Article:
An herb spiral is a raised circular bed designed to provide herbs with a variety of growing conditions. They’ve been around since the middle ages and are once again in vogue among gardeners, especially those who practice permaculture.
Herbs that prefer drier conditions are placed near the top of the spiral and those that prefer more moisture are placed near the bottom. Micro-climates allow for some plants to have access to more heat and others less. Shadier spots near the north side favor herbs that prefer less direct sun.
I began building my own herb spiral last fall. Early this spring I transferred my sage, oregano, thyme and chives from other locations in the yard and planted some garlic. I seeded cilantro and parsley and they are well on their way.
I was given some spearmint but left it in a pot alongside, as it can become very invasive if planted directly in the soil. In the fall I’ll bury the pot to the rim and that should allow the spearmint to over-winter.
I bought basil and rosemary from the garden centre and planted them this week. I’ll use an empty juice bottle to cover them overnight for the first few weeks until all risk of frost is over. I also added a dozen pepper plants – red hot cherry and jalapeno.
Building the herb spiral:
This was a fun project. I picked a location close to my back door and began by laying out a pattern using a garden hose. I dug up the grass around the herb spiral and saved the sod. On the circular area where I planned to put the spiral, I placed cardboard over the grass to kill it, then placed the clumps of sod upside down on the cardboard to build volume.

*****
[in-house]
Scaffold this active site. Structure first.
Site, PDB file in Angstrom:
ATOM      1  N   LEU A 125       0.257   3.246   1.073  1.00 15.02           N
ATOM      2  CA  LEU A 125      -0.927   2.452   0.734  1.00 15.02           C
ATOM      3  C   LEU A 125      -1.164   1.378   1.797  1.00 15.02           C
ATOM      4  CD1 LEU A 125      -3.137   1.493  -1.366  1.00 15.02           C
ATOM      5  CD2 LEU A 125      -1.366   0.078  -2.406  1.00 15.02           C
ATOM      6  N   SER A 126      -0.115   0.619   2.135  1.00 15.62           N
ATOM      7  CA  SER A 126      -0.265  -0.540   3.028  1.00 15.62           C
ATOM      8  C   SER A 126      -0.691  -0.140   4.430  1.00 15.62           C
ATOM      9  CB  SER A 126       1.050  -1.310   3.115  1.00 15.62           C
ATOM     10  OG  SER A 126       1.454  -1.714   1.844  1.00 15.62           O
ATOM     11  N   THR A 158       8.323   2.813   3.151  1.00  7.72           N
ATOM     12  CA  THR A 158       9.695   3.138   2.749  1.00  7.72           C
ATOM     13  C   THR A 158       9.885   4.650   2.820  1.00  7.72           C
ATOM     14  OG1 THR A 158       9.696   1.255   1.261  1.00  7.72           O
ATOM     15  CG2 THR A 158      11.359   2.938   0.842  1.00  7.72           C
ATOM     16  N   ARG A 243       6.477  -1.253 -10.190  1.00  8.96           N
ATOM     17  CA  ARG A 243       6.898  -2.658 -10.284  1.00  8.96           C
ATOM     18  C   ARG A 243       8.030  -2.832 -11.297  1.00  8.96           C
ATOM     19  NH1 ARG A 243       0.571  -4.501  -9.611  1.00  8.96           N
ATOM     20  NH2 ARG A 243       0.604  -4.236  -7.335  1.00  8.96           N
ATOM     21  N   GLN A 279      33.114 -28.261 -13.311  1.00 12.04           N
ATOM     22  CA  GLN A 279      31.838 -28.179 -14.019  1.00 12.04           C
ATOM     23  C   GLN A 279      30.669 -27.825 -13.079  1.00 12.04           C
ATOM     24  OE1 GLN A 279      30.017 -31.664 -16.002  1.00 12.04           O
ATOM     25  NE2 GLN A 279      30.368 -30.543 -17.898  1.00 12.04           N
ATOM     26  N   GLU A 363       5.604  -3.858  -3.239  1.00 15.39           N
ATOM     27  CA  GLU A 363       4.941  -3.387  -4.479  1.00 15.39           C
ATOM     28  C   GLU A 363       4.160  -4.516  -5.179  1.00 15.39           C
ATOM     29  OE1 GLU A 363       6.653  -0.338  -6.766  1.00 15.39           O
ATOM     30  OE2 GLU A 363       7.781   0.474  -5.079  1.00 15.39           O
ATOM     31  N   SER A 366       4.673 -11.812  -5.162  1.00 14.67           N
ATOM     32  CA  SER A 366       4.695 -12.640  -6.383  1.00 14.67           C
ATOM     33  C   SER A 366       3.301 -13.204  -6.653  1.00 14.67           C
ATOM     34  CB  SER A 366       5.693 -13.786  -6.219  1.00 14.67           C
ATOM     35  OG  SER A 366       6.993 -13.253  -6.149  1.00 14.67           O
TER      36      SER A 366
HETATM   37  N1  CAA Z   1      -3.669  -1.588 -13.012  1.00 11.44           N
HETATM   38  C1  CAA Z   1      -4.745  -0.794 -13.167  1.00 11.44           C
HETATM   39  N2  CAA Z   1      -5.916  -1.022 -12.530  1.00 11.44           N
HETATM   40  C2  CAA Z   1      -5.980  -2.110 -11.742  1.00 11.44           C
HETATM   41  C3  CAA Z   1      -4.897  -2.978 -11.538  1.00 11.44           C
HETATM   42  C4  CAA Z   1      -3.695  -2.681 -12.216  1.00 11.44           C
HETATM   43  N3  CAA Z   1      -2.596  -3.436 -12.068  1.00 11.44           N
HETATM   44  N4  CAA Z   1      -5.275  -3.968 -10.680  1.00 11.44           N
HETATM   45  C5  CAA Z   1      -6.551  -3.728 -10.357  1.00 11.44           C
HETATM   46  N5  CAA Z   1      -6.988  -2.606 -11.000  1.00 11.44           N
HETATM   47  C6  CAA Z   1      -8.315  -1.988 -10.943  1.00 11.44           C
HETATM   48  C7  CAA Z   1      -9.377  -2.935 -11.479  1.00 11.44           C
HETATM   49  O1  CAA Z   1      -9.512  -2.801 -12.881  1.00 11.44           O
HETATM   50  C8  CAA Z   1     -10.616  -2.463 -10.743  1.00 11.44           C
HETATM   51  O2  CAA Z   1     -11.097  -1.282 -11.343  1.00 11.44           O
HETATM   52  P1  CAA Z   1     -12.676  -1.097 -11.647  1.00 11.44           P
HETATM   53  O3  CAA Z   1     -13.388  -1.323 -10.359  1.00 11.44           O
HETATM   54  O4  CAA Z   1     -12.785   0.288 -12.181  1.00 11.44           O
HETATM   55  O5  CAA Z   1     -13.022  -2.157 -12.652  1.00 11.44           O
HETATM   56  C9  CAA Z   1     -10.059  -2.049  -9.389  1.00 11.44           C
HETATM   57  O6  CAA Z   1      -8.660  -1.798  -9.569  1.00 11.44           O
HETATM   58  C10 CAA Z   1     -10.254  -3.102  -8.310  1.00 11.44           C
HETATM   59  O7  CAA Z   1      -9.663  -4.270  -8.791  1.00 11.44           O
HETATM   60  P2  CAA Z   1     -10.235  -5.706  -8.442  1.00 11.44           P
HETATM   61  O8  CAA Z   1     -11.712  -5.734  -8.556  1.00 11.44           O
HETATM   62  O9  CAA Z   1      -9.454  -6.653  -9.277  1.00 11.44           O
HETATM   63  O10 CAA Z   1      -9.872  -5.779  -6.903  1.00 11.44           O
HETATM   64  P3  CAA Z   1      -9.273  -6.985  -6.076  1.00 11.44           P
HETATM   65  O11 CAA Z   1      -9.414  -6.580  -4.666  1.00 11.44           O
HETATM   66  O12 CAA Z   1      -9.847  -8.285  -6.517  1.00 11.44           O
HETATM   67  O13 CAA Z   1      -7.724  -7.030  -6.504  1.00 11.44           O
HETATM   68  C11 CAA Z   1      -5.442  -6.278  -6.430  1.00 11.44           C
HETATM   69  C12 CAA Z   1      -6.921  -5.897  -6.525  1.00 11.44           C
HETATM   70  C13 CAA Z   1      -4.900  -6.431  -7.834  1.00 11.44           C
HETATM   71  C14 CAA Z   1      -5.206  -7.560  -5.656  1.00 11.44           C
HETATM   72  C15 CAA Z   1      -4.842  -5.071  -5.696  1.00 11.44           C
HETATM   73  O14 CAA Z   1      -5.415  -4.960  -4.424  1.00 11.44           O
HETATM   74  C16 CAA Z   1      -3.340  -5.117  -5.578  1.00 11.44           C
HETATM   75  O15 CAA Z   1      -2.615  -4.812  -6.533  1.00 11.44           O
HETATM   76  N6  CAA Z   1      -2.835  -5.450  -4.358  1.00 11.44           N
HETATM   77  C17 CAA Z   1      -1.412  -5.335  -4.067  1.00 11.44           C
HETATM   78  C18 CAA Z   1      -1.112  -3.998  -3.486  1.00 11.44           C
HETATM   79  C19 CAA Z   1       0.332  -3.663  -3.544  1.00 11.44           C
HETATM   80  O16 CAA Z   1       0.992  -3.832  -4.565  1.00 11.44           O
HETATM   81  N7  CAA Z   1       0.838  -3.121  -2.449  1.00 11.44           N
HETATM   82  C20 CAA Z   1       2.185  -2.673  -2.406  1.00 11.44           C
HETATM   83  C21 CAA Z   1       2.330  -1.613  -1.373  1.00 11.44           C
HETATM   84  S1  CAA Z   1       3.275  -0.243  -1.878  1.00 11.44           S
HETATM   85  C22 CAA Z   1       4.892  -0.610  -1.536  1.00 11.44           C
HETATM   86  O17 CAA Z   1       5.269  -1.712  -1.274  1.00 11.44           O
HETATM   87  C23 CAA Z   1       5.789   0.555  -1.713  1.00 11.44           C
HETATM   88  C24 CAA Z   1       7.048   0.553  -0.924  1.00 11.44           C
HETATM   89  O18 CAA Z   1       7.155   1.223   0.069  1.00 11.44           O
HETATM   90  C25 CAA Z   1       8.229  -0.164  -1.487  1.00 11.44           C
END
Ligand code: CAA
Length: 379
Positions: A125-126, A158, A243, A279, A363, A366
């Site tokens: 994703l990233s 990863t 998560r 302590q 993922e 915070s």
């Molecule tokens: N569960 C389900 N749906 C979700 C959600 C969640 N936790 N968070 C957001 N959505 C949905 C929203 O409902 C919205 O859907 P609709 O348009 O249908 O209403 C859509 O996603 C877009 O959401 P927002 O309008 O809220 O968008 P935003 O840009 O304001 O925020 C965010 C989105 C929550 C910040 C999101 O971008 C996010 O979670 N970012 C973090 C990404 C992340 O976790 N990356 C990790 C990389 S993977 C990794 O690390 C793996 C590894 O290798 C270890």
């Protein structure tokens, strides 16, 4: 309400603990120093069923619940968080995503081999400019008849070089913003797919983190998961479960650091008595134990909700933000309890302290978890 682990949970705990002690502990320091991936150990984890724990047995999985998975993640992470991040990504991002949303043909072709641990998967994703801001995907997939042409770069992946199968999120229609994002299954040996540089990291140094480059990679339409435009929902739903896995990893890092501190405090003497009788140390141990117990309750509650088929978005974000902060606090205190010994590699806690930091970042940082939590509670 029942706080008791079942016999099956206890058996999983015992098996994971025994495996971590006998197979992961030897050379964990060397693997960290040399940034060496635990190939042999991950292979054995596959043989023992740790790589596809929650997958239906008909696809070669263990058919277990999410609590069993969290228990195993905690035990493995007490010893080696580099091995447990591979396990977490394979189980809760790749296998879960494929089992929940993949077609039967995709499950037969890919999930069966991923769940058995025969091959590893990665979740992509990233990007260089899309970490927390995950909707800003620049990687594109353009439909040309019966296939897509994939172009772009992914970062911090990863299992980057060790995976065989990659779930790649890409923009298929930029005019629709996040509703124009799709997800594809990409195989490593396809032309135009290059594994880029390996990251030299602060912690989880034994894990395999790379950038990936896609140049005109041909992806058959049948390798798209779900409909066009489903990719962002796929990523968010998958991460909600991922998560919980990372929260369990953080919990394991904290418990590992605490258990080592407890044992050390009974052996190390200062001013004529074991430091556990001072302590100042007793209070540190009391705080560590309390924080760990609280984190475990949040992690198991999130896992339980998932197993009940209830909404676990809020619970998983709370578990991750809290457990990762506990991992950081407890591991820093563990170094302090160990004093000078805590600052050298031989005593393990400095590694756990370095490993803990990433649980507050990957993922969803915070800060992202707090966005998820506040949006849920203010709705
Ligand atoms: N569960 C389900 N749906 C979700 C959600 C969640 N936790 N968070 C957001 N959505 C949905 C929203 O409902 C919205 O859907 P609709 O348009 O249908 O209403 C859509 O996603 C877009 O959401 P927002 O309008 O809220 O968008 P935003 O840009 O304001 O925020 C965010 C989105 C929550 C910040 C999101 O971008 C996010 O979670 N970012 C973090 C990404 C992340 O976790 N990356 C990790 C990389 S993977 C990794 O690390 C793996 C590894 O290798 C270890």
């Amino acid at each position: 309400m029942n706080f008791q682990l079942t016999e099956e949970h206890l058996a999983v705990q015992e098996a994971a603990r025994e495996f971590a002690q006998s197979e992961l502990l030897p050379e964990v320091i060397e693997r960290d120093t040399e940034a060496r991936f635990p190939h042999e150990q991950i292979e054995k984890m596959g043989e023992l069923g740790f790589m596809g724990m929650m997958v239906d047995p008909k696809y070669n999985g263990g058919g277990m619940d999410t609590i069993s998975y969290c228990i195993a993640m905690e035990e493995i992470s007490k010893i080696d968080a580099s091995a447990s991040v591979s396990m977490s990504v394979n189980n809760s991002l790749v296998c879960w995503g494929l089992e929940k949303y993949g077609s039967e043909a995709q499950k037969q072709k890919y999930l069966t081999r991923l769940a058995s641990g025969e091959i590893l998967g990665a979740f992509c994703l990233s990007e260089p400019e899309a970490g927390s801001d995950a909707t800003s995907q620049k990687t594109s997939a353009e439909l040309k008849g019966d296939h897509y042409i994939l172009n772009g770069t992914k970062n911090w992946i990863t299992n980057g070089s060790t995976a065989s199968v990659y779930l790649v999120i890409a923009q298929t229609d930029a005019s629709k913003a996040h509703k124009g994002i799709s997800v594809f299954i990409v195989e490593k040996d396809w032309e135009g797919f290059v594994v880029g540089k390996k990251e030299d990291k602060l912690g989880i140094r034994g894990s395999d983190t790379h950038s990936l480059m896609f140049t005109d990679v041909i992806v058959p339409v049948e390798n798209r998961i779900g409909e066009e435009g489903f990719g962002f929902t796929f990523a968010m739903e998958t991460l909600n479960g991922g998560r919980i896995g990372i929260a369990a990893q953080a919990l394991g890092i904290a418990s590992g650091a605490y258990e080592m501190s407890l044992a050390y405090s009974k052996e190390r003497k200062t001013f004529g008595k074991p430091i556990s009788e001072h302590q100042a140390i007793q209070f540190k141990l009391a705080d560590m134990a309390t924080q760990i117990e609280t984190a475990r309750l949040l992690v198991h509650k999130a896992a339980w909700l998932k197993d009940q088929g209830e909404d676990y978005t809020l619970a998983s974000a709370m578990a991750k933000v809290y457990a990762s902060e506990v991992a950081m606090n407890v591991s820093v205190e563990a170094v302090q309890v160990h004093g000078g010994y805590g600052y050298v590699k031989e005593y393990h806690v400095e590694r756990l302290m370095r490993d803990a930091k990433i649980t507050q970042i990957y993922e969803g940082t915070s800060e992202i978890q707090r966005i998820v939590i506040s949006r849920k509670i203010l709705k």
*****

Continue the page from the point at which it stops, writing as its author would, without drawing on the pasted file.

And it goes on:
I placed landscape fabric over the area surrounding the circle and defined the spiral with pavers and bricks. I filled in the surrounding zone with cedar chips and small flat white stones. I added soil and created a spiral pattern with stones, and left it for the winter.
In the spring I added more soil and raised the spiral an additional foot to create a greater difference in height. I then transferred my plants and seeded some of the others. I bought a few bedding plants to fill out the spiral and in the end I was very happy with the outcome.
5 thoughts on “The Herb Spiral”
practical and decorative!
My sister did a three teir circle with starwberries for my Mom’s garden:
I grow my herbs in various pots, but hadn’t considered their individual needs about moisture.
My only hestitation is my dogs eating all the herbs before I get a chance to cook with them!
I love the strawberry bed she has – I want one, too!
This looks great! How big is the spiral? Did all of the grass and cardboard turn to soil over the winter?
It’s about 1.5m in diameter. The grass clumps are still “clumpy” (dense) but only in the lowest level of the spiral does it affect planting. I simply added about another 10-20 cm of soil over them and planted in that. The roots of the plants will help break up the clumps eventually. By the top of the spiral, there is a good 50-80 cm of additonal soil on top of the grass clumps.